Some contend that the increasing number of states to legalize marijuana use should impact the NFL’s view. “There is no health and safety reason for marijuana being on the banned list and now the legal rationale has crumbled,” a person on the players’ side of the sport said Wednesday, speaking on the condition of anonymity because of the sensitivity of the topic.
Some medical experts are also advocating for cannabis-based treatment over some current painkillers, noting the addiction and overdose potential of opioids. In 2014, 19,000 deaths were attributed to overdoses from prescription pain medication, according to the American Society of Addiction Medicine. Prescription painkillers have also been cited as a gateway to heroin use.
“In my mind, there’s no comparison if we just started from scratch in the year 2016 and looked newly at which class of drugs worked better to treat pain and side-effect profile up to and including death, in the case of opioids,” Daniel Clauw, a University of Michigan professor who has performed studies comparing opioids and cannabis, told the Post in June. “You put the two next to each other, and there really is no debate which is more effective to treat pain. You would go the cannabinoid route instead of the opiate route.”
Cannabidiol, or CBD, an anti-inflammatory extracted from cannabis, could potentially help players as a preventative measure against one of the most pressing issues facing the NFL: concussions. Lester Grinspoon, a professor emeritus at Harvard and one of the first medical marijuana researchers, said in an interview with the Post earlier this year that “evidence shows CBD is neuroprotective. I would have each individual take a capsule an hour or two before they play or practice. It’s better than nothing.”...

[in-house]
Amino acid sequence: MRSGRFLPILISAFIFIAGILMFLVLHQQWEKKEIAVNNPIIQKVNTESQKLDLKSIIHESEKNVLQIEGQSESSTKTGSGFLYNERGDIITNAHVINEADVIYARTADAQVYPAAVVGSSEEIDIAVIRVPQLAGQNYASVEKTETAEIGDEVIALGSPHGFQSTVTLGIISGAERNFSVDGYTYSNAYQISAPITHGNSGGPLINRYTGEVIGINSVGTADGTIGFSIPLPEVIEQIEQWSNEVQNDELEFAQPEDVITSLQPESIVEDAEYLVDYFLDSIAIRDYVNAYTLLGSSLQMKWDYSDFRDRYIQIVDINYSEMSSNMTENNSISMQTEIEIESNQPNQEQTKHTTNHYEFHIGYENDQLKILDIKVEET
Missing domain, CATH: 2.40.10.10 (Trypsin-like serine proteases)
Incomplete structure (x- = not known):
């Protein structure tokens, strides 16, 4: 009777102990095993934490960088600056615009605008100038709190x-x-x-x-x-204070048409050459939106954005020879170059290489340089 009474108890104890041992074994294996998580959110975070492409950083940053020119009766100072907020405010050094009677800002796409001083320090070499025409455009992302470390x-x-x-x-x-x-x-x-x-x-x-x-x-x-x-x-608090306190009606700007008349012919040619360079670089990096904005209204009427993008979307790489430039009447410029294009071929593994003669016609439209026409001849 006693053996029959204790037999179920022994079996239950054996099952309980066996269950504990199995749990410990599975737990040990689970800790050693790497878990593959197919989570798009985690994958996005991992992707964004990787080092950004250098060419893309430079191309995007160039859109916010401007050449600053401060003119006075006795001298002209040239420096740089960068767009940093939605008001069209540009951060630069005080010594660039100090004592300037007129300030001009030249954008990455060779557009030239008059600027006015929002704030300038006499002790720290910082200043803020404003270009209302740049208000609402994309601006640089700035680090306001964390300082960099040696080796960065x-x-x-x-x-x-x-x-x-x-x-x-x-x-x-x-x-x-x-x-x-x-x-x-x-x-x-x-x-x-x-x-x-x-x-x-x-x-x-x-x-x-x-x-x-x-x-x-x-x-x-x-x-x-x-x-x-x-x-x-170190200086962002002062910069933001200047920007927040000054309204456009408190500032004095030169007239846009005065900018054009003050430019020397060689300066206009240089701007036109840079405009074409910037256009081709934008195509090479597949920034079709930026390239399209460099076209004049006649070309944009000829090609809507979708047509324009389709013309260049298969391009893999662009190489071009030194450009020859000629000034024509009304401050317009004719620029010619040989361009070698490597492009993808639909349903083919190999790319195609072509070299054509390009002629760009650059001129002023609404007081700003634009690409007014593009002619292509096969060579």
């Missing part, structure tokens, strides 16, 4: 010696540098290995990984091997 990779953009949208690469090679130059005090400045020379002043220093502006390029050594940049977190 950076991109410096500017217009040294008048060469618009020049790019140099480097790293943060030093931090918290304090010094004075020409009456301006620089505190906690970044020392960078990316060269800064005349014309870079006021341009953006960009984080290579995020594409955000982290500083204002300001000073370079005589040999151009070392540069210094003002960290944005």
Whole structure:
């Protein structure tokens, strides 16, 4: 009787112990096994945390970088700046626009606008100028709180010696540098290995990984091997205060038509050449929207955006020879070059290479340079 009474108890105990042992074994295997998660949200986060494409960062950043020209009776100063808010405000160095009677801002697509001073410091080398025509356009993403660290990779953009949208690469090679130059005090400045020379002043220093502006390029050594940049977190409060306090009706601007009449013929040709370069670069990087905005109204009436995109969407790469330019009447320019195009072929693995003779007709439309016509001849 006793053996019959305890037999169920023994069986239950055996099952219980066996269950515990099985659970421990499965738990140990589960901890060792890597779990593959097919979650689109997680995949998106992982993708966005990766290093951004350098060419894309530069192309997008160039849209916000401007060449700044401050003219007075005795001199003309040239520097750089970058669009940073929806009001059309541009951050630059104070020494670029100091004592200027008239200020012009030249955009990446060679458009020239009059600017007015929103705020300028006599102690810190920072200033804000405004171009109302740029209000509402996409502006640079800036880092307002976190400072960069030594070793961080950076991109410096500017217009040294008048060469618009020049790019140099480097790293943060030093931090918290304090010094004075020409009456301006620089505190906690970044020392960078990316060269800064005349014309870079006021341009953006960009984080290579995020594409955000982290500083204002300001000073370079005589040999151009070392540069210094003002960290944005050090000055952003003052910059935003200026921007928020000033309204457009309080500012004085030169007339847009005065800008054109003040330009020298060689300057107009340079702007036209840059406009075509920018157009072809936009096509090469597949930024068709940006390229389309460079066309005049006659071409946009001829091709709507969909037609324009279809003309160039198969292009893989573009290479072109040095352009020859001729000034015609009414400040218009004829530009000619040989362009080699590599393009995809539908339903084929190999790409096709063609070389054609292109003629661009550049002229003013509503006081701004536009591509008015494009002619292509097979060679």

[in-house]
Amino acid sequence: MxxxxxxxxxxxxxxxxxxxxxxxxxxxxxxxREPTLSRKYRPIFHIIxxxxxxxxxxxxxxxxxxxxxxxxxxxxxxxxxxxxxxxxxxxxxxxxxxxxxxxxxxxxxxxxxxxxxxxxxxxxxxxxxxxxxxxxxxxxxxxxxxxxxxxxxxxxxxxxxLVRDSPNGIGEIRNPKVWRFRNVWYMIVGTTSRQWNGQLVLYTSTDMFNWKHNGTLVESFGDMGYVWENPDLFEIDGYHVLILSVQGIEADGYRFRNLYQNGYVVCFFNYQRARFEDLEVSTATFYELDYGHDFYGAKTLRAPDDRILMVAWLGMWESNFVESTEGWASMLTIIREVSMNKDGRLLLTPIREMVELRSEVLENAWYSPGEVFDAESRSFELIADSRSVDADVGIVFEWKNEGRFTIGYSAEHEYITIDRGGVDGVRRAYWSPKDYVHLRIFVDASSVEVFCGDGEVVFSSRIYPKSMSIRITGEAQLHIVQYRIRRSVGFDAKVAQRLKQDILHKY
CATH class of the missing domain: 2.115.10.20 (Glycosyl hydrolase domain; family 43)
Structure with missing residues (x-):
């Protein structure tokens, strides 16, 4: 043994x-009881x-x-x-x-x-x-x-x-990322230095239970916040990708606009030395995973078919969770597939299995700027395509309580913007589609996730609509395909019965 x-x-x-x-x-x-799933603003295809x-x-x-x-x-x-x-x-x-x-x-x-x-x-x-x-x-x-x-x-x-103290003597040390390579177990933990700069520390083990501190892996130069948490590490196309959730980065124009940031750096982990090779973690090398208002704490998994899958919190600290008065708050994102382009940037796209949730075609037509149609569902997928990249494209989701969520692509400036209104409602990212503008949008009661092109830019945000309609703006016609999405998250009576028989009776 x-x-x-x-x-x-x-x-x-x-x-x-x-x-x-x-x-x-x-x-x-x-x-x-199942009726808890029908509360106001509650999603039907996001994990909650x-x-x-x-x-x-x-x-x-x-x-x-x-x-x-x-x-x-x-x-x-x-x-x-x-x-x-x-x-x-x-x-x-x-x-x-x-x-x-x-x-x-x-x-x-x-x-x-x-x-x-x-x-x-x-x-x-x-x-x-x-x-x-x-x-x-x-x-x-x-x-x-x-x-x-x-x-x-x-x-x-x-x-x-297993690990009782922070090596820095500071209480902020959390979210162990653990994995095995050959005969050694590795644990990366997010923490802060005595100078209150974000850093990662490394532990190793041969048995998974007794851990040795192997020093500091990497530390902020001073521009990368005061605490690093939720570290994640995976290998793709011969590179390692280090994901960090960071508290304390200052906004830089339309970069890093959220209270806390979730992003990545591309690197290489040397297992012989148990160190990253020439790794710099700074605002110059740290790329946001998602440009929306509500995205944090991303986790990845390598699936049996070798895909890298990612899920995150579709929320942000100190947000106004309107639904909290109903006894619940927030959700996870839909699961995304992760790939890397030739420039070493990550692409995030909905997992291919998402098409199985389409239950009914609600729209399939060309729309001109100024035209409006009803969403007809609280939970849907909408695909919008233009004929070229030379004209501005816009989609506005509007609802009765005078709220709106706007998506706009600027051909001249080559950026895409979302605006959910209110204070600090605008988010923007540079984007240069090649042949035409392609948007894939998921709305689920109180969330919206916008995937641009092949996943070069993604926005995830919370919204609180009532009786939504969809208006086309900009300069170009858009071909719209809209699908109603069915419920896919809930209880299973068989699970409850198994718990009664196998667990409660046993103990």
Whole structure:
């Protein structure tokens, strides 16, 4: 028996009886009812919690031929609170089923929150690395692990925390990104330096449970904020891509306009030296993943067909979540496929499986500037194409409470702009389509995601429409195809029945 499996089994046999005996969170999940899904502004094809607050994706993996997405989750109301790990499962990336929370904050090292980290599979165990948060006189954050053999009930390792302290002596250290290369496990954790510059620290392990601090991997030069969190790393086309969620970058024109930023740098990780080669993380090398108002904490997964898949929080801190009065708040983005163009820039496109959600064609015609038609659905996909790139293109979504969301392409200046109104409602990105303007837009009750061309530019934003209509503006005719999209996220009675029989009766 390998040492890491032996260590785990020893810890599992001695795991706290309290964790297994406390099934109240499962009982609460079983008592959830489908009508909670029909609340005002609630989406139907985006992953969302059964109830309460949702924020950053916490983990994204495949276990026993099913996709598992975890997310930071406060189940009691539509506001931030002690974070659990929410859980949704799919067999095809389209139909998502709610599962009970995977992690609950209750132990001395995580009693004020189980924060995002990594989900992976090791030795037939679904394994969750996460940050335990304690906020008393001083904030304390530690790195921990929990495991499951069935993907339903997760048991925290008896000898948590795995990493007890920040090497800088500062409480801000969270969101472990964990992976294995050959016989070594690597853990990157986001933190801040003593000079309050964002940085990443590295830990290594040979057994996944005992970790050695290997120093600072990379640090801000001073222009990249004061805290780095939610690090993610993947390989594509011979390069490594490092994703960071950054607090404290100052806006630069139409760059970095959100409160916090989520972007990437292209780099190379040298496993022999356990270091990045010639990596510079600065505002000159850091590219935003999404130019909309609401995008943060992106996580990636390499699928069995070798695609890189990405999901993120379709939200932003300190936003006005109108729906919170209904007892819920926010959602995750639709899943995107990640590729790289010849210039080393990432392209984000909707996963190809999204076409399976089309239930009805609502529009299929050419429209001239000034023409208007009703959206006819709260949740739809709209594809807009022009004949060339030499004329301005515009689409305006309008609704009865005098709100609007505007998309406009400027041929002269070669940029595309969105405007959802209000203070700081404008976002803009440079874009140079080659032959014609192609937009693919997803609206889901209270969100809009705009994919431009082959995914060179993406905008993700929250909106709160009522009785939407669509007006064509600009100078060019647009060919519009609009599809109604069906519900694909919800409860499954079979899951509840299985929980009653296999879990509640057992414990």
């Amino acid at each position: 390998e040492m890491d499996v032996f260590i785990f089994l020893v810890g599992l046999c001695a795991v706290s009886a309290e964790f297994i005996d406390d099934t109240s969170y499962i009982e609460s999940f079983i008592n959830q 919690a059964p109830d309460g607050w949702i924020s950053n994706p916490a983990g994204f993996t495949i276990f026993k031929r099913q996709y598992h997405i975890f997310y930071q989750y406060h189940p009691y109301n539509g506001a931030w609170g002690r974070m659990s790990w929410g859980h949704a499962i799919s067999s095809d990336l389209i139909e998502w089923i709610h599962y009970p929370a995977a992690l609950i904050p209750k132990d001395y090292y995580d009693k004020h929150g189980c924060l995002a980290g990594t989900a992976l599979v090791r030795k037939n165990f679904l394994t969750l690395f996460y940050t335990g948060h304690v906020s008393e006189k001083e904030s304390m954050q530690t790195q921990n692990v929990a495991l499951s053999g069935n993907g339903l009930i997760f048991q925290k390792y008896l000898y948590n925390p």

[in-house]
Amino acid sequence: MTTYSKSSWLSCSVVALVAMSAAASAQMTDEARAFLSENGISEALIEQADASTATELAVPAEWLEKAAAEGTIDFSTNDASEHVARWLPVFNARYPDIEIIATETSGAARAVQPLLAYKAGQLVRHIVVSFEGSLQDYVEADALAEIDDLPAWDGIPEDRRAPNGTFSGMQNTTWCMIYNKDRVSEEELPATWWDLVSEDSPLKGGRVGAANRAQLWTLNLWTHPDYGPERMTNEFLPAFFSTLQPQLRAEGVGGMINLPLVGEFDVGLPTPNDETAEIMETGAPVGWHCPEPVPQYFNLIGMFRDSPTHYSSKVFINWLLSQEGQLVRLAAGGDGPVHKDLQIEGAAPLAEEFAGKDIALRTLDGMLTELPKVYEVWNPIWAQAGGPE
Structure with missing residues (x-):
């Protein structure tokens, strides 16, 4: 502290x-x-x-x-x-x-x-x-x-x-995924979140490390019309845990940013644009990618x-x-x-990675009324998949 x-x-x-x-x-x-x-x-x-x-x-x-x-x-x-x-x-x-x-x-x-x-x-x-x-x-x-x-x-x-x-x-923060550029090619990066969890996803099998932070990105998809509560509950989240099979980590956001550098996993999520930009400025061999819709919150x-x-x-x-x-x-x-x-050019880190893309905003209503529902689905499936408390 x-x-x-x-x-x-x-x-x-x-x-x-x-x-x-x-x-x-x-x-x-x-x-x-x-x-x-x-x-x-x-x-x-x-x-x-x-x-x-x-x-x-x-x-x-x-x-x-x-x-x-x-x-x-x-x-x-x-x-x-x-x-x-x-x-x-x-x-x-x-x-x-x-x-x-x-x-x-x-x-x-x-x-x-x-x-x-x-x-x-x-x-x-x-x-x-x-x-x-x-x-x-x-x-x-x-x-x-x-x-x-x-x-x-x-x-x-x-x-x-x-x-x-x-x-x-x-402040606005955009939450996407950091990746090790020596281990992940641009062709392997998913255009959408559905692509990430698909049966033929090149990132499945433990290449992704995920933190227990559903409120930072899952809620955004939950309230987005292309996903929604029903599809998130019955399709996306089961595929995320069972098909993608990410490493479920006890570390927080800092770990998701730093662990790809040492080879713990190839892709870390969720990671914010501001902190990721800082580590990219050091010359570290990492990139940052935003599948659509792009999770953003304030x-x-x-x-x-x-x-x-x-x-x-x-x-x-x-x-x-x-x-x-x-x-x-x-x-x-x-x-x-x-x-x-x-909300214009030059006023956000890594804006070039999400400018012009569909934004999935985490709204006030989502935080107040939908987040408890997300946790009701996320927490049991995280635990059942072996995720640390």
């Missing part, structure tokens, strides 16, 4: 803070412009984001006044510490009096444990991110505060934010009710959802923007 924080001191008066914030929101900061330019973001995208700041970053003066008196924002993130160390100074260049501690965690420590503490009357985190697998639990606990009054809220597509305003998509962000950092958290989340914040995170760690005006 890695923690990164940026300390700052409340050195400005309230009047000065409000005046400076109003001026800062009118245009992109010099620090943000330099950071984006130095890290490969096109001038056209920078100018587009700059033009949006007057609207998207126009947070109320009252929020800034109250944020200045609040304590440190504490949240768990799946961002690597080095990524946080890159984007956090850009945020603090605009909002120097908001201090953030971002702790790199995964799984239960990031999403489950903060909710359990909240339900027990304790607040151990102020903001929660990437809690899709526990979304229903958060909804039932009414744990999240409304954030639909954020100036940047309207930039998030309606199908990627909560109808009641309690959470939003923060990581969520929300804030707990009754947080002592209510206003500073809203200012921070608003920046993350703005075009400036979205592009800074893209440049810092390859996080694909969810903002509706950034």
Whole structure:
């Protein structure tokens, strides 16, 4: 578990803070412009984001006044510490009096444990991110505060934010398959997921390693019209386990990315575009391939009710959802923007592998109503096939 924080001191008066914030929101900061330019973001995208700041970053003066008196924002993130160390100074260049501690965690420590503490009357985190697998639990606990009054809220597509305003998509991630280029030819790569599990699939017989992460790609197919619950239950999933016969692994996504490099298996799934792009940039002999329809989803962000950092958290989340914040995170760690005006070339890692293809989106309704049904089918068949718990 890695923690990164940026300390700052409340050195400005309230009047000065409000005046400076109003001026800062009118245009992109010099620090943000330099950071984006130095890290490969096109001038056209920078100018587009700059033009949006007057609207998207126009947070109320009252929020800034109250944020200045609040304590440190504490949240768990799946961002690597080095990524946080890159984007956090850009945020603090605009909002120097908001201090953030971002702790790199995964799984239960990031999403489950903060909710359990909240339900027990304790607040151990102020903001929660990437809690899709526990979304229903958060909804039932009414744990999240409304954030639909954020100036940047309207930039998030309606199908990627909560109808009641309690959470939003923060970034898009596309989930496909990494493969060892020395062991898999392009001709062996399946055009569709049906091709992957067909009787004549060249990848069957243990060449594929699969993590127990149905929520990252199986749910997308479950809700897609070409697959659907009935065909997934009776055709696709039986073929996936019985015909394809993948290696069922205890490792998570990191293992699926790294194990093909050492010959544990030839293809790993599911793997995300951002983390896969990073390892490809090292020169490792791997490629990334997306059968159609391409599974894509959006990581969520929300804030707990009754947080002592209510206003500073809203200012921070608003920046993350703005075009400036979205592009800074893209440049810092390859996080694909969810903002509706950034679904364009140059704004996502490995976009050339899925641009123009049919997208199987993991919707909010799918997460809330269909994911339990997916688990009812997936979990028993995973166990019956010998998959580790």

The current collective bargaining agreement between the league and union runs through 2020. But the two sides review the sport’s drug policies annually and sometimes make adjustments. In September 2014, the league and union agreed to raise the threshold for what constitutes a positive test for marijuana from 15 nanograms per milliliter to 35 nanograms per milliliter. A nanogram is one-billionth of a gram....